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Jill Raimonde is a Lancaster schoolteacher who loves to clean – but she wasn’t always tidy. Raimonde says her interest in cleaning evolved during college. So after she began teaching school, she would spend the summer cleaning houses. After one season of cleaning, she started seeking employees. When Raimonde opened a cleaning service in 2004, she called it Neat Freaks.

Today it seems like Raimonde can’t keep still. She teaches school full time, manages her cleaning business part time and is spending this summer planning her wedding.

Raimonde, 32, is a first-grade teacher who may have more energy than her pupils. One thing is certain. She can make any room shine.

People Talk: How do you put your stamp on a home you’ve cleaned?

Jill Raimonde: Everyone loves a thorough cleaning, but when you’re cleaning for the same person every week, it’s hard to wow them. There’s certain ways I like things done. I am really big on special touches: folding the end of toilet paper into a little V, placing pillows a certain way.

PT: Do you rearrange things on purpose?

JR: Yes. I like everything off a surface when we clean it, and sometimes it’s hard to remember where everything goes. Years ago, someone took me literally and basically rearranged the house. That’s not OK. We move things so people can know we clean.

PT: What’s your policy on vacuum cleaners?

JR: We use customer vacuums for sanitary purposes. If we used the same vacuum cleaner for multiple sites, we could be carrying pet dander into people’s homes. It’s not a sanitary thing to do.

PT: Do you feel disrespected by people because of the nature of the tasks you perform?

JR: In a sense, but it’s a little bit different for me being the owner. I’ve had cleaners come to me upset over the way they’ve been treated sometimes. We don’t usually send them back there because I won’t put my cleaners in those situations.

PT: What challenges you as a boss?

JR: Giving up control because I’m a little bit of a control freak. I mean I’m not in these homes and it’s hard for me at first to trust cleaners to do the job that I would do.

PT: What’s a pet peeve?

JR: I know this sounds silly, but I like when people vacuum in lines. A carpet looks so nice when you take the time to put lines into it rather than going all over the place with the vacuum cleaner.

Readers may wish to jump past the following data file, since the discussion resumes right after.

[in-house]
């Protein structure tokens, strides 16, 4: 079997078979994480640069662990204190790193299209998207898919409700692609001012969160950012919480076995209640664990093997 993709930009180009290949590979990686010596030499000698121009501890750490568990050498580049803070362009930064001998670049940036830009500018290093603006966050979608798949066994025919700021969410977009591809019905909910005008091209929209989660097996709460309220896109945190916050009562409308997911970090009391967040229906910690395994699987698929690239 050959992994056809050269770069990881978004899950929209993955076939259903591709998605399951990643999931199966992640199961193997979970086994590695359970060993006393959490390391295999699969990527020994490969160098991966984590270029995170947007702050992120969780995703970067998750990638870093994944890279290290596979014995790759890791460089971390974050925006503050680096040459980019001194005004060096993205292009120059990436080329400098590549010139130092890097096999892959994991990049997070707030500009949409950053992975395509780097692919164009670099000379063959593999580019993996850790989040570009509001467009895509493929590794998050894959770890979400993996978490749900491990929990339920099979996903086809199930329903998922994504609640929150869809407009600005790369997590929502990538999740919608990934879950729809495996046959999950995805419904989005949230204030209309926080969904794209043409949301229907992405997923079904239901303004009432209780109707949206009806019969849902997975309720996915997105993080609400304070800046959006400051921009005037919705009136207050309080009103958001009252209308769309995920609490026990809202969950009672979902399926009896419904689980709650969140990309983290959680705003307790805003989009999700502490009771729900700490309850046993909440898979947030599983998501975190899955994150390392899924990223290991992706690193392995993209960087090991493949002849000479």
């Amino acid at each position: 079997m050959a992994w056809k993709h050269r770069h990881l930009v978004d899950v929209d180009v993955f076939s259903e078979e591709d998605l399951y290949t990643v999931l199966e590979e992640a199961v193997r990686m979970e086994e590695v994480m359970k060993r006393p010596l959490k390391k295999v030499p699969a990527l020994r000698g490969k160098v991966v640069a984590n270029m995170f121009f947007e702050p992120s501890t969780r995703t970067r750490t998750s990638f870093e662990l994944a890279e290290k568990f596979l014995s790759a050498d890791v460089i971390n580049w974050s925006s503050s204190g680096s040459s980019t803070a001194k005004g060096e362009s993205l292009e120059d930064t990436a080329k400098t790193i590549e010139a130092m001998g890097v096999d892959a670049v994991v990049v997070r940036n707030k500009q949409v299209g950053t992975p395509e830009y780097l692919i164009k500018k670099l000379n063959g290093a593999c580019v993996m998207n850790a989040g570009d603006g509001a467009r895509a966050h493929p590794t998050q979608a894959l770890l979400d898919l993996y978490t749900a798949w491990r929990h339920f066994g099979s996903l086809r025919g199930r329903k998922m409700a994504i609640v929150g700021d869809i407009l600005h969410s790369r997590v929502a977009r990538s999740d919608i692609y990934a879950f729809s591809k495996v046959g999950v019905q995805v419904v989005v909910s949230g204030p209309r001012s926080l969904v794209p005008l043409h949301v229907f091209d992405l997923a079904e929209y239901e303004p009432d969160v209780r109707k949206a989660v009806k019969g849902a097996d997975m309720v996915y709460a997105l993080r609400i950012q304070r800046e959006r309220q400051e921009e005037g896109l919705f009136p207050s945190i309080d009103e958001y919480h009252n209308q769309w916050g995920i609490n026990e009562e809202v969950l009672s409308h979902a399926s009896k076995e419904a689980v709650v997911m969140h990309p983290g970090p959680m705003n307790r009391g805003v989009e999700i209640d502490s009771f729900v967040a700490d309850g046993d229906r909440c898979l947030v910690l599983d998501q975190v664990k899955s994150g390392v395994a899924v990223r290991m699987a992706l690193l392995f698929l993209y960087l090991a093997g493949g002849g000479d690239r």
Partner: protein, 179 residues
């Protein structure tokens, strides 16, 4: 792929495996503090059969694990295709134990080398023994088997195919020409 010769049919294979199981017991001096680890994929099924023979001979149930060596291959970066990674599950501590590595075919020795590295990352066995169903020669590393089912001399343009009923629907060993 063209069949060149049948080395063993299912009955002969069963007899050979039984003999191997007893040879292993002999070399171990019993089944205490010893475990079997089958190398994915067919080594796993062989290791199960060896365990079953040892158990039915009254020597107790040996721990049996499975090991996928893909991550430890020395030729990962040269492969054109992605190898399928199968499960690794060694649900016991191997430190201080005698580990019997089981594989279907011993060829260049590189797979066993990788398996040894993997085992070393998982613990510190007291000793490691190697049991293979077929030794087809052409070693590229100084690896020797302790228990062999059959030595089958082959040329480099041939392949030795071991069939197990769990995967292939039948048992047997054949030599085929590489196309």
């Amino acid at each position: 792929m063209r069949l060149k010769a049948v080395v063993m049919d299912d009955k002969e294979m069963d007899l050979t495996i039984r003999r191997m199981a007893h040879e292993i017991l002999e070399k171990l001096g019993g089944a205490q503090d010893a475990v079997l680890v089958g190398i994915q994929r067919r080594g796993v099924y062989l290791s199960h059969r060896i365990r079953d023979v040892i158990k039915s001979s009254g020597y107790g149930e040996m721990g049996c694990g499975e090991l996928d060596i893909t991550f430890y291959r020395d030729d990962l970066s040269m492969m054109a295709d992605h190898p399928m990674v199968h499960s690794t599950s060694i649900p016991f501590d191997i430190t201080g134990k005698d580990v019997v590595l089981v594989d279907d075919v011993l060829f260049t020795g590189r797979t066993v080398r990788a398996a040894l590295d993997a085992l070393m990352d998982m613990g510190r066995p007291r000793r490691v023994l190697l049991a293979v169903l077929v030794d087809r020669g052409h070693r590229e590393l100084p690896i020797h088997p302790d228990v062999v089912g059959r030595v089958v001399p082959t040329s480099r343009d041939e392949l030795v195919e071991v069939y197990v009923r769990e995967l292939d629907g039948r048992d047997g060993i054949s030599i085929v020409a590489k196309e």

PT: How green is your business?

JR: Good question. I was a vegan for nine years. Now I’m a vegetarian so I’m still not a meat-eater but I’m not like I was. It was very hard to live, and I wasn’t really healthy.

We have green-cleaning options, but a lot of people just provide their own supplies. People love the smell of clean – like Murphy’s Oil Soap and Pine-Sol – and you don’t get that from green cleaning.

PT: What about breakage?

JR: It happens from time to time. My cleaners will leave a breakage report, and the customer will contact me. Hopefully it’s not a family heirloom, and it hasn’t happened yet. A lot of times we’ll just give a discount.

PT: What is the best way for busy people to clean their homes?

JR: Dedicate a day of the week to do one task. On Mondays you could wipe down the bathroom. Tuesdays I run the vacuum. Wednesdays I do a quick light dusting. This way, it won’t seem like a daunting task.

PT: What can you do on the last minute to prepare your home for guests?

JR: Throw everything into one room? You know I’ve done that before. Honestly? A quick dusting.

PT: What about mirrors?

JR: Mirrors are something that even professional cleaners find tough. Streaks are tough. We use vinegar and water a lot, and microfiber cloth. We stay away from paper towels.

PT: What is a common mistake people make while cleaning?

JR: A lot of times people don’t realize the order in which they are cleaning could be the reason it’s taking them so long. Work high to low. Also don’t get backed up by letting it go for so long.

PT: How can you enjoy cleaning so much?

JR: I put music on. It makes me feel like I’m burning calories and being productive. My downfall is my car; it isn’t as organized. But as far as my home and classroom, I like things in a row. I like things tilted nicely. I like to look at things that look pleasing.

PT: Are you a Type A personality?

JR: Definitely – in most parts of my life. It’s good and it’s bad. I mean I can be a little high-strung.

PT: Were you always neat by nature?

JR: I didn’t grow up being a very neat person, you can ask my mother. I didn’t clean my room. I threw my clothes everywhere until pretty much I went to college. That’s when I became a neat freak. I like to be able to find things. I like being organized.

PT: Not to mention ambitious.

JR: I saw my parents work hard their entire lives, and I feel with the younger generation there’s a sense of entitlement. That doesn’t really sit well with me.

PT: How difficult is it to find honest employees?

JR: It’s huge. I basically interview tons of people. I can tell from the get-go who I could never send into someone’s home. And through the training process, I get to know people. I don’t really hire off Craigslist, but I will put an ad in the paper.

email: jkwiatkowski@buffnews.com